The property market is on the up. That’s the main thrust of research by distribution sheds agents across the Continent.
According to property consultant King Sturge’s 2004 European Industrial Property Markets report, the decline in manufacturing across Europe, as it bleeds away to the Far East and other locations with cheaper labour, is leading to a shortfall in demand for storage space of goods used in manufacturing. This is being more than made up, however, by demand for storage space for imports.
King Sturge puts average vacancy for industrialclass property across Western European city regions at just 6.3 per cent, which is low for this stage in the economic cycle, compared with the early 1990s. Newly-built industrial property has a vacancy rate of less than 20 per cent and King Sturge expects this figure to narrow further and rents to rise as occupational demand improves. It says the low point for industrial rents in this economic cycle has now passed. In line with the forecast recovery in the European economy, occupational demand is expected to increase gradually in 2004 and more rapidly in 2005.
Property consultant Jones Lang LaSalle reports that logistics operators continued facility expansions throughout the last part of 2003 but manufacturers and retailers were also increasing their distribution space requirements. As a result, the number of development projects increased significantly during the final quarter. Several major projects are underway with France and the United Kingdom seeing most of the renewed activity.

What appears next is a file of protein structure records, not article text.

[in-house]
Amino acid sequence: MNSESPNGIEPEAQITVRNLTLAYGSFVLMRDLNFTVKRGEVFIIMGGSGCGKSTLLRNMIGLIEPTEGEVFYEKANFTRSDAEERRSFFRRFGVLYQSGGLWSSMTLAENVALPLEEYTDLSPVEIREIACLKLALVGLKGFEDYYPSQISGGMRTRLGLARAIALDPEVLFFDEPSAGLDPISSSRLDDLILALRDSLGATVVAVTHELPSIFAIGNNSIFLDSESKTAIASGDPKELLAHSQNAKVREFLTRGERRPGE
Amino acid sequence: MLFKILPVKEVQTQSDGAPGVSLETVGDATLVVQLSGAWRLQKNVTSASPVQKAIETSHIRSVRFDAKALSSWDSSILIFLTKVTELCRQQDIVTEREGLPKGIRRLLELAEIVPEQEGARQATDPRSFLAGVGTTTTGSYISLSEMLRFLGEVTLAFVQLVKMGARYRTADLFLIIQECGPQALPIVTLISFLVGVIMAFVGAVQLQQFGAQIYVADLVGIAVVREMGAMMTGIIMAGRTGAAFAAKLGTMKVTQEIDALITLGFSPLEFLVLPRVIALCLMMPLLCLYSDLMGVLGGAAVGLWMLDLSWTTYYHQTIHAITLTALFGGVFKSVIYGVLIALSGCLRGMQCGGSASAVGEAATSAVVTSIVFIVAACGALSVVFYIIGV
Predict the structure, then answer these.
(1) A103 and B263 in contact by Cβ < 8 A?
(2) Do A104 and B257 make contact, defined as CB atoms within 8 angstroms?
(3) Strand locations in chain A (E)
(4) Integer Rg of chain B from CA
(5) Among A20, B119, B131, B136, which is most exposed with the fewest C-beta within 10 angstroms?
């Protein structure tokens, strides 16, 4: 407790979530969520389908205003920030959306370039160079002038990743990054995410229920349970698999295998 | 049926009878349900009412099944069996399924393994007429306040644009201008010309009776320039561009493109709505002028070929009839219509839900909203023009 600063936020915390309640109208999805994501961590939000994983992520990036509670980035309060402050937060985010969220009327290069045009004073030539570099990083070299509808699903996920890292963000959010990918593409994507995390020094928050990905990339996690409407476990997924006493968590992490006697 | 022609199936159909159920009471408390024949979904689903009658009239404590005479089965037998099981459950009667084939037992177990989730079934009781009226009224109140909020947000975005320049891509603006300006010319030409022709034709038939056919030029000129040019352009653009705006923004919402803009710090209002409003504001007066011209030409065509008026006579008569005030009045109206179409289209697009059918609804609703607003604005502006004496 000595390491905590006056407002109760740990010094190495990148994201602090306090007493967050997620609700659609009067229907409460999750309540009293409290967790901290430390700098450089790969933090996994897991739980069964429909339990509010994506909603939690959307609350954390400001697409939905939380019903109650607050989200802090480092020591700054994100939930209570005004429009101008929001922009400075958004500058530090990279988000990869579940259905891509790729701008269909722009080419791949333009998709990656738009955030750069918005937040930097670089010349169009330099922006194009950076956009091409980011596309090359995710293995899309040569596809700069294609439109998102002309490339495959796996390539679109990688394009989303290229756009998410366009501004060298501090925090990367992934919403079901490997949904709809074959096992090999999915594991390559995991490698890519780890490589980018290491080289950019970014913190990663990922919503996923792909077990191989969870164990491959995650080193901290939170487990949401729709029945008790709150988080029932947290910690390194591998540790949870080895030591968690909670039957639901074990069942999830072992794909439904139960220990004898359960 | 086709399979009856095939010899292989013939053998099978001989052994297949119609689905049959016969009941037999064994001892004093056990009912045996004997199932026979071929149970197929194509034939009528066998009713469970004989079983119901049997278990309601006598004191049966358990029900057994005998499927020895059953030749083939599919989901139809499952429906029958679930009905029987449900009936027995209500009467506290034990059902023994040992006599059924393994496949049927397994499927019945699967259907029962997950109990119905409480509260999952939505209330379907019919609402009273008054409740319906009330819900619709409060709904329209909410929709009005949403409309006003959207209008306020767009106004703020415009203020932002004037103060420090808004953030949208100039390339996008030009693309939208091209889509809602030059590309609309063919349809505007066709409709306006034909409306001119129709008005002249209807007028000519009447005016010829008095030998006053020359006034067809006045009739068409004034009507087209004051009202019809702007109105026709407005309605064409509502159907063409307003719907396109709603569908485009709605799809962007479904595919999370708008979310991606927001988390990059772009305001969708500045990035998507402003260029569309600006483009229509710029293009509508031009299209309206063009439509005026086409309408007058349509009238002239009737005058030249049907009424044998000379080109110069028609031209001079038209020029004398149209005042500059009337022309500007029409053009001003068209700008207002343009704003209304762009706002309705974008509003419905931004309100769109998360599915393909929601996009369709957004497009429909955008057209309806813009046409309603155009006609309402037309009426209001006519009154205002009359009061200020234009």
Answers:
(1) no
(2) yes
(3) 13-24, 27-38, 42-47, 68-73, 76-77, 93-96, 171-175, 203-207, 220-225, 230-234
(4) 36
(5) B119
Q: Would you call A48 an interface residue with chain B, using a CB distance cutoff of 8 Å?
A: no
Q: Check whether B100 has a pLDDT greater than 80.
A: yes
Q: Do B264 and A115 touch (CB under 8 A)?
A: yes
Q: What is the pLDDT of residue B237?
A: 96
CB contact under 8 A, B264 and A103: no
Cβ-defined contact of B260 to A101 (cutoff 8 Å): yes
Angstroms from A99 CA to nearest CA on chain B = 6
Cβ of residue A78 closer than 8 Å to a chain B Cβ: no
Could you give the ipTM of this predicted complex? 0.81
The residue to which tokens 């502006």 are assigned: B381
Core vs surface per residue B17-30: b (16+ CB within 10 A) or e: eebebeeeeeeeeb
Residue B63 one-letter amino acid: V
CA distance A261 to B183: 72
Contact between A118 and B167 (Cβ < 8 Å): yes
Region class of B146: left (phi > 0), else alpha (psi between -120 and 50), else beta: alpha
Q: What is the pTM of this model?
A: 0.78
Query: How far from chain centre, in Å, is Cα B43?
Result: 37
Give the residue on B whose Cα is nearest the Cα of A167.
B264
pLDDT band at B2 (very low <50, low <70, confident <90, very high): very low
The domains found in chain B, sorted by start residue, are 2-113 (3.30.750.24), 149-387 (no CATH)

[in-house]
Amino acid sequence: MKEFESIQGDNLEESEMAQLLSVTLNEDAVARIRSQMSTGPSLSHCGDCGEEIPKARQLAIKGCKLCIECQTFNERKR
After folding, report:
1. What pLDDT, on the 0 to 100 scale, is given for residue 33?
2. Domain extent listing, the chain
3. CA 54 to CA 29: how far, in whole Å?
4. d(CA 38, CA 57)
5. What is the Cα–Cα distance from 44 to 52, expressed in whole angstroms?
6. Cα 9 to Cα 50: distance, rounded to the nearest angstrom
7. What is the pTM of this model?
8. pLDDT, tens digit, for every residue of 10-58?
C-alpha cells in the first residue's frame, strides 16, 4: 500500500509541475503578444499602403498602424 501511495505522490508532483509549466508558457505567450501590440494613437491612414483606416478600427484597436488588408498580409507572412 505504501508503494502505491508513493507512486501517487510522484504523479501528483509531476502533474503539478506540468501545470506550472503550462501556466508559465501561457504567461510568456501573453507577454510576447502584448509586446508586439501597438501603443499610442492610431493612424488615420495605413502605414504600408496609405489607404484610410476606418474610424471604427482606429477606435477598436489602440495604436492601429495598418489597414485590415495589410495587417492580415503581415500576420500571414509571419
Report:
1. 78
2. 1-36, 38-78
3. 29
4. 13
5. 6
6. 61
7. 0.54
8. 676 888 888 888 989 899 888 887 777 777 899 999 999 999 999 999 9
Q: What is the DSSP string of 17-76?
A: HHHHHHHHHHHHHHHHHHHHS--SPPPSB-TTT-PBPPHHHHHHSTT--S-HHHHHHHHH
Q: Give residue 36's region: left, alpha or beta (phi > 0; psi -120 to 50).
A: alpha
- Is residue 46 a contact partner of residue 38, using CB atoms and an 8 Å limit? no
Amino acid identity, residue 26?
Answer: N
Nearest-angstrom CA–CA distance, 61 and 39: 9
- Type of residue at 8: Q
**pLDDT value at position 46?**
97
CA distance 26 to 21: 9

JLL says that the trend for occupiers to require larger logistics centres of over 20,000 sq m has not diminished with the recent economic slow down, especially in emerging centres for logistics operations where large plots of land are still available for development.
In its 2003 European Distribution report, property consultant Healey & Baker says that an increasing number of manufactures are choosing lower cost areas of Europe to the south and east for production and assembly which will impact over time. Moreover, the northern Mediterranean port areas such as Barcelona, Genoa and Marseille are emerging as major logistics areas, driven by the growth in traffic to/from south east Asia, while the emerging distribution locations in the Czech Republic are comparable to some of the better western locations.
Healey & Baker adds that the markets of Central and Eastern Europe still have huge potential to become more important distribution markets, with their large consumer base and still lower operating costs. Poland, the Czech Republic and Hungary have continued to attract increasing number of distribution companies. Manufacturers are consolidating to cheaper Eastern European locations, and an emerging trend is for dictating that they must occupy space in dedicated supplier parks.
It’s not all good news, however. King Sturge’s predictions include a warning that logistics space will not perform as well as some parts of the industrial property market. It also says that property market activity, both level of demand and new construction, is modest in Central Europe, Greece and parts of France, modest or weak in Italy, United Kingdom and Spain, and weak in Germany, Netherlands, Switzerland, Belgium, Denmark and Ireland.
King Sturge’s research is out of sync with the findings of Schneider Logistics, which reported a survey of French carriers in the second half of 2003. Schneider revealed ‘considerable drop in volumes’ of work in the UK and the Netherlands, stability in Germany and Italy, and ‘considerable increase in volumes’ in Belgium and Spain.
Spain sees Gazeley Properties massive development on a 377,899 sq m site at Zaragoza, which will cost the developer $30 million to build out and will open next year. Based on its Magna Park brand, which it is rolling out across Europe, sheds will range in size from 10,000 to 30,000 sq m.
In terms of French logistics operator confidence itself, the steady rise in the share price of Norbert Dentressangle, speaks for itself.